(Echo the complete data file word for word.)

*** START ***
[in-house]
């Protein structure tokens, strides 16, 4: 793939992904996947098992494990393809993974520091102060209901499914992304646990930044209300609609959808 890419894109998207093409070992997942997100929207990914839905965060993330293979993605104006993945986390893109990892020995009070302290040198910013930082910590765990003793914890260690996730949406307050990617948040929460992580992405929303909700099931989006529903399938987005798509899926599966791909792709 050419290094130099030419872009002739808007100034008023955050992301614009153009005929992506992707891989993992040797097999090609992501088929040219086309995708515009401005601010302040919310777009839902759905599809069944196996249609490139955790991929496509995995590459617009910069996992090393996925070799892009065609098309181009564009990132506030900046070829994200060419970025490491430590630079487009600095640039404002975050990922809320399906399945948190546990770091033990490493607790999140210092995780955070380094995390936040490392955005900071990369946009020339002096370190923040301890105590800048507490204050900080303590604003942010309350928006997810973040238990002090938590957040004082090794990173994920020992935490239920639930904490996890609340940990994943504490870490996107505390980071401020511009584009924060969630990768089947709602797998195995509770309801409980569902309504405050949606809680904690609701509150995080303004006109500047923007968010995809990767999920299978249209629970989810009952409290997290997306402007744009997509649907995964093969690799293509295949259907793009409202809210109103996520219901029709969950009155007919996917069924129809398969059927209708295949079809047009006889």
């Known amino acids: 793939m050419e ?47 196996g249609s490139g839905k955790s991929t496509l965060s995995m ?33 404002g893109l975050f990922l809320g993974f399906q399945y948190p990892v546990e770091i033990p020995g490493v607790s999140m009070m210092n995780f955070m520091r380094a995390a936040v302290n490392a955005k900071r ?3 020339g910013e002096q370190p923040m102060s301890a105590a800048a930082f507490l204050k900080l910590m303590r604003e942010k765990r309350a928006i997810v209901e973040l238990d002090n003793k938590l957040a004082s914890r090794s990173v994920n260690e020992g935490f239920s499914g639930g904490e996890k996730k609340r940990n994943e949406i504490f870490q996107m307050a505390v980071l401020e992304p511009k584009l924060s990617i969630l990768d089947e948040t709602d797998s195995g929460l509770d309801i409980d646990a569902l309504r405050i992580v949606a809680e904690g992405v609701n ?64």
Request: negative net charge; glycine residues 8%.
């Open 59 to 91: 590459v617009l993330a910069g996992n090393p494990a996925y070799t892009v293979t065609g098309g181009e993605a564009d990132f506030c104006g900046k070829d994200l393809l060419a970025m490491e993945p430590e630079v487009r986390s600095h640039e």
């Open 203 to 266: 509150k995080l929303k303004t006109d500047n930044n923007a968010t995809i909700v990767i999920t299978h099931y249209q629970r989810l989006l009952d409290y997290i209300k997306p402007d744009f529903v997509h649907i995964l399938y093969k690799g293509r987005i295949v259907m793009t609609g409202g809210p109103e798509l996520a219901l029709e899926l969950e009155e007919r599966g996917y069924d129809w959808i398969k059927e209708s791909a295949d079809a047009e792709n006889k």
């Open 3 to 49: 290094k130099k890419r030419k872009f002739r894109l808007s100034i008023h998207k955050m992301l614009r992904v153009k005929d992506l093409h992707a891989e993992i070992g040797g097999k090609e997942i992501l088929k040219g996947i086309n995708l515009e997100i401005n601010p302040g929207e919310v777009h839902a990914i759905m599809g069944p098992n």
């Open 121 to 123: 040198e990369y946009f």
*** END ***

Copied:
[in-house]
């Protein structure tokens, strides 16, 4: 793939992904996947098992494990393809993974520091102060209901499914992304646990930044209300609609959808 890419894109998207093409070992997942997100929207990914839905965060993330293979993605104006993945986390893109990892020995009070302290040198910013930082910590765990003793914890260690996730949406307050990617948040929460992580992405929303909700099931989006529903399938987005798509899926599966791909792709 050419290094130099030419872009002739808007100034008023955050992301614009153009005929992506992707891989993992040797097999090609992501088929040219086309995708515009401005601010302040919310777009839902759905599809069944196996249609490139955790991929496509995995590459617009910069996992090393996925070799892009065609098309181009564009990132506030900046070829994200060419970025490491430590630079487009600095640039404002975050990922809320399906399945948190546990770091033990490493607790999140210092995780955070380094995390936040490392955005900071990369946009020339002096370190923040301890105590800048507490204050900080303590604003942010309350928006997810973040238990002090938590957040004082090794990173994920020992935490239920639930904490996890609340940990994943504490870490996107505390980071401020511009584009924060969630990768089947709602797998195995509770309801409980569902309504405050949606809680904690609701509150995080303004006109500047923007968010995809990767999920299978249209629970989810009952409290997290997306402007744009997509649907995964093969690799293509295949259907793009409202809210109103996520219901029709969950009155007919996917069924129809398969059927209708295949079809047009006889």
């Known amino acids: 793939m050419e ?47 196996g249609s490139g839905k955790s991929t496509l965060s995995m ?33 404002g893109l975050f990922l809320g993974f399906q399945y948190p990892v546990e770091i033990p020995g490493v607790s999140m009070m210092n995780f955070m520091r380094a995390a936040v302290n490392a955005k900071r ?3 020339g910013e002096q370190p923040m102060s301890a105590a800048a930082f507490l204050k900080l910590m303590r604003e942010k765990r309350a928006i997810v209901e973040l238990d002090n003793k938590l957040a004082s914890r090794s990173v994920n260690e020992g935490f239920s499914g639930g904490e996890k996730k609340r940990n994943e949406i504490f870490q996107m307050a505390v980071l401020e992304p511009k584009l924060s990617i969630l990768d089947e948040t709602d797998s195995g929460l509770d309801i409980d646990a569902l309504r405050i992580v949606a809680e904690g992405v609701n ?64």
Request: negative net charge; glycine residues 8%.
């Open 59 to 91: 590459v617009l993330a910069g996992n090393p494990a996925y070799t892009v293979t065609g098309g181009e993605a564009d990132f506030c104006g900046k070829d994200l393809l060419a970025m490491e993945p430590e630079v487009r986390s600095h640039e």
């Open 203 to 266: 509150k995080l929303k303004t006109d500047n930044n923007a968010t995809i909700v990767i999920t299978h099931y249209q629970r989810l989006l009952d409290y997290i209300k997306p402007d744009f529903v997509h649907i995964l399938y093969k690799g293509r987005i295949v259907m793009t609609g409202g809210p109103e798509l996520a219901l029709e899926l969950e009155e007919r599966g996917y069924d129809w959808i398969k059927e209708s791909a295949d079809a047009e792709n006889k």
């Open 3 to 49: 290094k130099k890419r030419k872009f002739r894109l808007s100034i008023h998207k955050m992301l614009r992904v153009k005929d992506l093409h992707a891989e993992i070992g040797g097999k090609e997942i992501l088929k040219g996947i086309n995708l515009e997100i401005n601010p302040g929207e919310v777009h839902a990914i759905m599809g069944p098992n």
């Open 121 to 123: 040198e990369y946009f």